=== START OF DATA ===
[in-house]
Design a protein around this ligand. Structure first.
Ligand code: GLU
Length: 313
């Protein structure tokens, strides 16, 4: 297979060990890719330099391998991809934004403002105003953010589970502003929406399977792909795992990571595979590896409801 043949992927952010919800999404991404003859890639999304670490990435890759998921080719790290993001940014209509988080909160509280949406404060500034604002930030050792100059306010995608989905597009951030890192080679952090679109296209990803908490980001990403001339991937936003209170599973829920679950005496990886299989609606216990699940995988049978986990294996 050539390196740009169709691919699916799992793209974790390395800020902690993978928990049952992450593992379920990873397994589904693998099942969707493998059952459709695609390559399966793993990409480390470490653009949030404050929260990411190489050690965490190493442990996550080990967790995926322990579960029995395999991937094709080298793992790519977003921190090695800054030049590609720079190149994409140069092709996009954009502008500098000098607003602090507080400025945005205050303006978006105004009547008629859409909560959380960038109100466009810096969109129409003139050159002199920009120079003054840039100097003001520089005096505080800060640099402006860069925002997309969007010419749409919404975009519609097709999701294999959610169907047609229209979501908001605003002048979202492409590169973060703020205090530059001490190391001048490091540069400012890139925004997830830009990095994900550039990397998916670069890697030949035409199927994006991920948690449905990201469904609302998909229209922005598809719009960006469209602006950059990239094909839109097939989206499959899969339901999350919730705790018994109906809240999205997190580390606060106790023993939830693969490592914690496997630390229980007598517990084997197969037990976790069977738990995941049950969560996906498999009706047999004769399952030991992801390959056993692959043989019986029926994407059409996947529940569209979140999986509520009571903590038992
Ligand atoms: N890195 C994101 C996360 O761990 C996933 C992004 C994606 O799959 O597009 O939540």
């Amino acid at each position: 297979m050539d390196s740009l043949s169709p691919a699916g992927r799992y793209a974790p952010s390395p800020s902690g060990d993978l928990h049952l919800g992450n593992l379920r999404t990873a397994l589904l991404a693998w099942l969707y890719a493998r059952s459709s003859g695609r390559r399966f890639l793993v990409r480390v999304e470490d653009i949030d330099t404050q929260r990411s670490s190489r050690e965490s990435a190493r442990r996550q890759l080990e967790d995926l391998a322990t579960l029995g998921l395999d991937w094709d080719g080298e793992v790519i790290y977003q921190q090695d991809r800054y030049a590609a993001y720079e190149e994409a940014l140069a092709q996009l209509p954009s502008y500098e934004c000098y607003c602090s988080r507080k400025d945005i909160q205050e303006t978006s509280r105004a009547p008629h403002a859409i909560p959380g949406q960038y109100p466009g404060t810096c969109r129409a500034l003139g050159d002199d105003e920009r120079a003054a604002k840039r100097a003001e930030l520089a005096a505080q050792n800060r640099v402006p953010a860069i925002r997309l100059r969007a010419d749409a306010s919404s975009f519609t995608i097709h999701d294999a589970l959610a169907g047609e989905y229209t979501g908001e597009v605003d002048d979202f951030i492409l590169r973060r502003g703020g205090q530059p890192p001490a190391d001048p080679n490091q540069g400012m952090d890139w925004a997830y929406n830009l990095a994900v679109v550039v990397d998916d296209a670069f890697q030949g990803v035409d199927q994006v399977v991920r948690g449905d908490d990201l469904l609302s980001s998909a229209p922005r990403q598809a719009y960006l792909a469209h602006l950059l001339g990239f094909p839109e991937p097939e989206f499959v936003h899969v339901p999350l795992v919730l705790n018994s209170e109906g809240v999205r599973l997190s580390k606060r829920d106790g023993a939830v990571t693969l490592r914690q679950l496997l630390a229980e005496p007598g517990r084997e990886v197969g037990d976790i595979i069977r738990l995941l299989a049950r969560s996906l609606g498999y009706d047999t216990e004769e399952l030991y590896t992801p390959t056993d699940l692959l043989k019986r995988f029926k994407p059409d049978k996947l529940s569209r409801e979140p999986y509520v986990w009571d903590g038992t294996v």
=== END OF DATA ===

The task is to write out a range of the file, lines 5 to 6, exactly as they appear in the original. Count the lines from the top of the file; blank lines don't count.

């Protein structure tokens, strides 16, 4: 297979060990890719330099391998991809934004403002105003953010589970502003929406399977792909795992990571595979590896409801 043949992927952010919800999404991404003859890639999304670490990435890759998921080719790290993001940014209509988080909160509280949406404060500034604002930030050792100059306010995608989905597009951030890192080679952090679109296209990803908490980001990403001339991937936003209170599973829920679950005496990886299989609606216990699940995988049978986990294996 050539390196740009169709691919699916799992793209974790390395800020902690993978928990049952992450593992379920990873397994589904693998099942969707493998059952459709695609390559399966793993990409480390470490653009949030404050929260990411190489050690965490190493442990996550080990967790995926322990579960029995395999991937094709080298793992790519977003921190090695800054030049590609720079190149994409140069092709996009954009502008500098000098607003602090507080400025945005205050303006978006105004009547008629859409909560959380960038109100466009810096969109129409003139050159002199920009120079003054840039100097003001520089005096505080800060640099402006860069925002997309969007010419749409919404975009519609097709999701294999959610169907047609229209979501908001605003002048979202492409590169973060703020205090530059001490190391001048490091540069400012890139925004997830830009990095994900550039990397998916670069890697030949035409199927994006991920948690449905990201469904609302998909229209922005598809719009960006469209602006950059990239094909839109097939989206499959899969339901999350919730705790018994109906809240999205997190580390606060106790023993939830693969490592914690496997630390229980007598517990084997197969037990976790069977738990995941049950969560996906498999009706047999004769399952030991992801390959056993692959043989019986029926994407059409996947529940569209979140999986509520009571903590038992
Ligand atoms: N890195 C994101 C996360 O761990 C996933 C992004 C994606 O799959 O597009 O939540």